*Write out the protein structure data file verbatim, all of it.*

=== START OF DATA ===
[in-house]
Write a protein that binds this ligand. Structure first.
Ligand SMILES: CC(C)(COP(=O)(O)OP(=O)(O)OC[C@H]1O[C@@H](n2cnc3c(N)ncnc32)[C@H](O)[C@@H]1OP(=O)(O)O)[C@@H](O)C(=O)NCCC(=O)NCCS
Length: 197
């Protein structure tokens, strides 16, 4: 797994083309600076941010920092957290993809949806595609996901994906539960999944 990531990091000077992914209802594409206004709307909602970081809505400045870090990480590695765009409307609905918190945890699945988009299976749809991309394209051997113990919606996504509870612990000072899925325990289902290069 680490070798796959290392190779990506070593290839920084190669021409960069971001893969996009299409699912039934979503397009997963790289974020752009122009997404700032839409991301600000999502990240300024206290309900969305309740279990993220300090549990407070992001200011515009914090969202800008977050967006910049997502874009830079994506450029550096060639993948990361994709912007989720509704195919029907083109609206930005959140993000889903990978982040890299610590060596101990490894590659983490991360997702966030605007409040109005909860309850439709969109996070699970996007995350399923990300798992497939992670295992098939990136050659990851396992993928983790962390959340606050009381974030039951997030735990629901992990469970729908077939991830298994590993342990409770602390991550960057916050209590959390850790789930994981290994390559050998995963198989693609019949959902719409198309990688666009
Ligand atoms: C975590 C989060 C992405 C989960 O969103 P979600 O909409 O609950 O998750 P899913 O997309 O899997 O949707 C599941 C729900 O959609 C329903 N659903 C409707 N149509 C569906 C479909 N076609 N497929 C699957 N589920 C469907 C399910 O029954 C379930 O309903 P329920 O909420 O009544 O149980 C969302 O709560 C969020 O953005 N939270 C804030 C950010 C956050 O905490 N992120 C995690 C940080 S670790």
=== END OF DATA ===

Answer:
[in-house]
Write a protein that binds this ligand. Structure first.
Ligand SMILES: CC(C)(COP(=O)(O)OP(=O)(O)OC[C@H]1O[C@@H](n2cnc3c(N)ncnc32)[C@H](O)[C@@H]1OP(=O)(O)O)[C@@H](O)C(=O)NCCC(=O)NCCS
Length: 197
């Protein structure tokens, strides 16, 4: 797994083309600076941010920092957290993809949806595609996901994906539960999944 990531990091000077992914209802594409206004709307909602970081809505400045870090990480590695765009409307609905918190945890699945988009299976749809991309394209051997113990919606996504509870612990000072899925325990289902290069 680490070798796959290392190779990506070593290839920084190669021409960069971001893969996009299409699912039934979503397009997963790289974020752009122009997404700032839409991301600000999502990240300024206290309900969305309740279990993220300090549990407070992001200011515009914090969202800008977050967006910049997502874009830079994506450029550096060639993948990361994709912007989720509704195919029907083109609206930005959140993000889903990978982040890299610590060596101990490894590659983490991360997702966030605007409040109005909860309850439709969109996070699970996007995350399923990300798992497939992670295992098939990136050659990851396992993928983790962390959340606050009381974030039951997030735990629901992990469970729908077939991830298994590993342990409770602390991550960057916050209590959390850790789930994981290994390559050998995963198989693609019949959902719409198309990688666009
Ligand atoms: C975590 C989060 C992405 C989960 O969103 P979600 O909409 O609950 O998750 P899913 O997309 O899997 O949707 C599941 C729900 O959609 C329903 N659903 C409707 N149509 C569906 C479909 N076609 N497929 C699957 N589920 C469907 C399910 O029954 C379930 O309903 P329920 O909420 O009544 O149980 C969302 O709560 C969020 O953005 N939270 C804030 C950010 C956050 O905490 N992120 C995690 C940080 S670790």